03.04.22

Conversion to MRD Positivity “Conferred Inferior OS and PFS” in Multiple Myeloma

Conversion to MRD positivity within 10 years of diagnosis conferred inferior overall and progression-free survival in a cohort of patients with multiple myeloma who had achieved bone-marrow MRD negativity following autologous stem cell transplantation (ASCT) and maintenance combination therapy. MRD conversion occurred in 39% of patients and correctly predicted relapse in 70%. Conversion predicted clinical relapse by a median of 1 year. The study was published in Blood Advances on February 8, 2022.

The analysis examined data for 568 consecutive patients treated since 2010 at the University of Arkansas for Medical Sciences. Bone-marrow multicolor flow cytometry assessment was performed at the start of therapy before transplantation, every 3 to 6 months during the first 2 years after transplantation, and then every 6 to 12 months depending on whether patients were still on maintenance therapy. The median number of MRD assessments was 15 per patient.

Median follow-up from diagnosis was 9.9 years.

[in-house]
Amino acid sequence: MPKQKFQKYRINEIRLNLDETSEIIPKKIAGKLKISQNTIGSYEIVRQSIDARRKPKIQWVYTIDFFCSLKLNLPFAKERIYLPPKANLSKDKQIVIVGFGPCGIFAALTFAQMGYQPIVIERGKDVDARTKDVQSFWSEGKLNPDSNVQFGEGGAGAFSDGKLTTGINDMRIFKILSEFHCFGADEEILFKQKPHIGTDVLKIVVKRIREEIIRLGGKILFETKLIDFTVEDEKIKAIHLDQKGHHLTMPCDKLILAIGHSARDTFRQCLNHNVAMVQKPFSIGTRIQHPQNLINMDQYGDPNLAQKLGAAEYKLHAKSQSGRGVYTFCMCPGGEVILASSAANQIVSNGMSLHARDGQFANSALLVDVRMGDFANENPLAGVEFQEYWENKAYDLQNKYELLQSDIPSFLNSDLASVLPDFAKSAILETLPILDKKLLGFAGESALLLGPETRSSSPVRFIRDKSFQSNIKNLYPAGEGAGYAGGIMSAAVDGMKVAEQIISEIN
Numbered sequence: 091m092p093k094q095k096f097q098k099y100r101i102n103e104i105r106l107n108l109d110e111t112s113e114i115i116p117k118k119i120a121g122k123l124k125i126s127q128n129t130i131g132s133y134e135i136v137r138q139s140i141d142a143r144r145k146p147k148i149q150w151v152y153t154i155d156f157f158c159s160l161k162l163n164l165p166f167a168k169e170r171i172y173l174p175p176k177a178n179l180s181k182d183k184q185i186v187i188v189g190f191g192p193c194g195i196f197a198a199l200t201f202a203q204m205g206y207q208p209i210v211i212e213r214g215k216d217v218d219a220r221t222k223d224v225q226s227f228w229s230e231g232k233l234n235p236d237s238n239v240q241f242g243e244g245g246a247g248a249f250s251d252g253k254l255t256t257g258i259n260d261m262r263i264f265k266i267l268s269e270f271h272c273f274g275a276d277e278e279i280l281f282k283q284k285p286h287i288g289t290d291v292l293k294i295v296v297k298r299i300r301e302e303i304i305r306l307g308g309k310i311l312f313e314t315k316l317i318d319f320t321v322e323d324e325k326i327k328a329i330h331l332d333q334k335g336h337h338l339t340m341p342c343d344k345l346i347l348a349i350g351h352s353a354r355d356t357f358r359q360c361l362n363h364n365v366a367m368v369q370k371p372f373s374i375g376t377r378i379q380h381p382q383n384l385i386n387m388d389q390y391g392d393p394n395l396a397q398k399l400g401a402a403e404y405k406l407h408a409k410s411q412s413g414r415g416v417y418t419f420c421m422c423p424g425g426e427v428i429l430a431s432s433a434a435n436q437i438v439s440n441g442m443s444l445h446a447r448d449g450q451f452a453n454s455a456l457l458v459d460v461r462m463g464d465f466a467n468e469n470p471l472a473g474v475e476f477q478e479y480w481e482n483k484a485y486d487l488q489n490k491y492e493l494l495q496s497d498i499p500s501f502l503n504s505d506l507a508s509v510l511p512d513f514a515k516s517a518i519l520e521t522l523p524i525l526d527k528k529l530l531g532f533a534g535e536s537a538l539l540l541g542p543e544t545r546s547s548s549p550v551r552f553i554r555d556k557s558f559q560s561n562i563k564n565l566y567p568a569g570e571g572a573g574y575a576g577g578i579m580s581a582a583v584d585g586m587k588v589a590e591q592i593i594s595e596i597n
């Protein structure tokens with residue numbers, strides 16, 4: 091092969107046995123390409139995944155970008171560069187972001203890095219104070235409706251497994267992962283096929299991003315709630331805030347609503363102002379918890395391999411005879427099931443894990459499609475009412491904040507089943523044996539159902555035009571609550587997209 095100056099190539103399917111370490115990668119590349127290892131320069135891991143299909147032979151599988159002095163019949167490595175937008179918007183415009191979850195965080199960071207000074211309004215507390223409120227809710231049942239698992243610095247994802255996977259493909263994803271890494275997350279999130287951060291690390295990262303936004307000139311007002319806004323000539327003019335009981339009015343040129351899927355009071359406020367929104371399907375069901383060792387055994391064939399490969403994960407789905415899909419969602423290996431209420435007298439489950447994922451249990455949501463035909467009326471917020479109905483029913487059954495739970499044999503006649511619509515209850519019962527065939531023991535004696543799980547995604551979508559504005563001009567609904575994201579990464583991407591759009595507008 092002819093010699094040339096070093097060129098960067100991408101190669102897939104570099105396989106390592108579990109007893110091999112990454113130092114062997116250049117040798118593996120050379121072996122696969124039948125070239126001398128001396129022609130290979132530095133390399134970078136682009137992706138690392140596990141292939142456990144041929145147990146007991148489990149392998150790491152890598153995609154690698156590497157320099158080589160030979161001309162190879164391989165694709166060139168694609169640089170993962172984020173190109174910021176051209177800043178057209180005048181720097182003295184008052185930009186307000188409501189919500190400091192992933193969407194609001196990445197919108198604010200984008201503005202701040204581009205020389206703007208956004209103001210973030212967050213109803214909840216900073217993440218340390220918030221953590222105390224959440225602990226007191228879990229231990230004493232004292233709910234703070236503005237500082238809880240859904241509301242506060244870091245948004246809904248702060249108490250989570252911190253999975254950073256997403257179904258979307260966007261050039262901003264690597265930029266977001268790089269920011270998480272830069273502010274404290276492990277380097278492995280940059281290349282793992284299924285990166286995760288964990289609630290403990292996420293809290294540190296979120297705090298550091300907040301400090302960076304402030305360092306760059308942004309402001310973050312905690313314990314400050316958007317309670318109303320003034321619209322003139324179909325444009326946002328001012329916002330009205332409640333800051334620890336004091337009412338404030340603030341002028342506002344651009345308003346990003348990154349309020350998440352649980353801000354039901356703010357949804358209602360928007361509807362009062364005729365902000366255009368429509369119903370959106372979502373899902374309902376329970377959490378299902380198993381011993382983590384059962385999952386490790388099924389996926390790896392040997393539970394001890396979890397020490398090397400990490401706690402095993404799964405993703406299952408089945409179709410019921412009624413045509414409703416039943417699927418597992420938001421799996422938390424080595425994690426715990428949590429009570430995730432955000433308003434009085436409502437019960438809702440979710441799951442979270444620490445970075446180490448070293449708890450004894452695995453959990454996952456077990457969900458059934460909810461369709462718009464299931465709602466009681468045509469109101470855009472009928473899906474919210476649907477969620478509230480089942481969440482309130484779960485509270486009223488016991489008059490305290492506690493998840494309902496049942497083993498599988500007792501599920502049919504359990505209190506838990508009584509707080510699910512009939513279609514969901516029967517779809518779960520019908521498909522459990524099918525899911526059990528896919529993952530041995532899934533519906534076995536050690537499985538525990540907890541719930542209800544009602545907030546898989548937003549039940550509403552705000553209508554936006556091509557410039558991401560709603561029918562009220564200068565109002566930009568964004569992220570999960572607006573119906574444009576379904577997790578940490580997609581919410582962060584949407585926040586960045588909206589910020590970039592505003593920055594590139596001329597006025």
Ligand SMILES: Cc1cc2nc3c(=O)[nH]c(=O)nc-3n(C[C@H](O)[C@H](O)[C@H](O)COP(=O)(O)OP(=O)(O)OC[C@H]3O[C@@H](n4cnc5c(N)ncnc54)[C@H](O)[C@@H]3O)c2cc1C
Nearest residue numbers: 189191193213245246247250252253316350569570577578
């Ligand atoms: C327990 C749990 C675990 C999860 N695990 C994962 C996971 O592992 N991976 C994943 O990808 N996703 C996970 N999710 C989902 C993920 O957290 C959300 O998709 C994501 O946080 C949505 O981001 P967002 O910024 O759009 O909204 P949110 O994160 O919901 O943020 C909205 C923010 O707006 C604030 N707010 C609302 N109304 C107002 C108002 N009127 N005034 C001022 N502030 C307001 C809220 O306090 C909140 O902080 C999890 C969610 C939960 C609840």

The highest risk of MRD conversion occurred during the first 5 years after treatment. Patients with conversion during the first 3 years had inferior overall and progression-free survival compared with patients who had sustained MRD negativity. The median time to MRD conversion was 6 years from ASCT. Most patients (76%) showed MRD conversion within 10 years of their initial diagnosis. Among patients who remained MRD negative at 10 years, the subsequent risk of conversion was 31%.

“MRD conversion was strongly associated with increased risk of relapse, whereas sustained MRD negativity predicted for freedom from relapse,” wrote first author Meera Mohan, MD, and colleagues. Now at the Medical College of Wisconsin, Mohan led the study while completing her fellowship training at the University of Arkansas for Medical Sciences.

  • Mohan M, Kendrick S, Szabo A, et al. Clinical implications of loss of bone marrow minimal residual disease negativity in multiple myeloma. Blood Adv. 2022;6(3):808-817. doi:10.1182/bloodadvances.2021005822

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